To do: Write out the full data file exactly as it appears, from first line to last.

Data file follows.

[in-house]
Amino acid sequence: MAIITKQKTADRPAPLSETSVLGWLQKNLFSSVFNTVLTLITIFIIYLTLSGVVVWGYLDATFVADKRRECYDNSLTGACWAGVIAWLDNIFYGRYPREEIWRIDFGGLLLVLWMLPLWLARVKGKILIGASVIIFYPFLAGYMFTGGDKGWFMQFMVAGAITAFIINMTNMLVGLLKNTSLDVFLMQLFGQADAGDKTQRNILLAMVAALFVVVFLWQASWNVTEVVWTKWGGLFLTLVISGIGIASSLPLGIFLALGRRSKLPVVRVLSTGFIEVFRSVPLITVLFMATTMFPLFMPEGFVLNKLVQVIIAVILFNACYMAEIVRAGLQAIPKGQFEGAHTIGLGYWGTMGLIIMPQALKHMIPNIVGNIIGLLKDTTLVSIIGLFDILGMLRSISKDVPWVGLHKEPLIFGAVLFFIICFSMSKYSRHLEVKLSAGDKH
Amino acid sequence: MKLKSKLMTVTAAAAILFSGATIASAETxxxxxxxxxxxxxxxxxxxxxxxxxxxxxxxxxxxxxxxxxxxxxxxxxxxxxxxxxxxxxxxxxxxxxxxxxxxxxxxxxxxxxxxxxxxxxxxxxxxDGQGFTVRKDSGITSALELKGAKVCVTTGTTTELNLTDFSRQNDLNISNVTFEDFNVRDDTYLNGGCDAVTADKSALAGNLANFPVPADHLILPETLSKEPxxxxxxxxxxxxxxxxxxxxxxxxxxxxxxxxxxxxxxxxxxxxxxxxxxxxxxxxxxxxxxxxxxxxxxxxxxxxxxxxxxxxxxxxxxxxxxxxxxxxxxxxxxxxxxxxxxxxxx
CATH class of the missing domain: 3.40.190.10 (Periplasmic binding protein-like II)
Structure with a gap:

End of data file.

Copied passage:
[in-house]
Amino acid sequence: MAIITKQKTADRPAPLSETSVLGWLQKNLFSSVFNTVLTLITIFIIYLTLSGVVVWGYLDATFVADKRRECYDNSLTGACWAGVIAWLDNIFYGRYPREEIWRIDFGGLLLVLWMLPLWLARVKGKILIGASVIIFYPFLAGYMFTGGDKGWFMQFMVAGAITAFIINMTNMLVGLLKNTSLDVFLMQLFGQADAGDKTQRNILLAMVAALFVVVFLWQASWNVTEVVWTKWGGLFLTLVISGIGIASSLPLGIFLALGRRSKLPVVRVLSTGFIEVFRSVPLITVLFMATTMFPLFMPEGFVLNKLVQVIIAVILFNACYMAEIVRAGLQAIPKGQFEGAHTIGLGYWGTMGLIIMPQALKHMIPNIVGNIIGLLKDTTLVSIIGLFDILGMLRSISKDVPWVGLHKEPLIFGAVLFFIICFSMSKYSRHLEVKLSAGDKH
Amino acid sequence: MKLKSKLMTVTAAAAILFSGATIASAETxxxxxxxxxxxxxxxxxxxxxxxxxxxxxxxxxxxxxxxxxxxxxxxxxxxxxxxxxxxxxxxxxxxxxxxxxxxxxxxxxxxxxxxxxxxxxxxxxxxDGQGFTVRKDSGITSALELKGAKVCVTTGTTTELNLTDFSRQNDLNISNVTFEDFNVRDDTYLNGGCDAVTADKSALAGNLANFPVPADHLILPETLSKEPxxxxxxxxxxxxxxxxxxxxxxxxxxxxxxxxxxxxxxxxxxxxxxxxxxxxxxxxxxxxxxxxxxxxxxxxxxxxxxxxxxxxxxxxxxxxxxxxxxxxxxxxxxxxxxxxxxxxxx
CATH class of the missing domain: 3.40.190.10 (Periplasmic binding protein-like II)
Structure with a gap: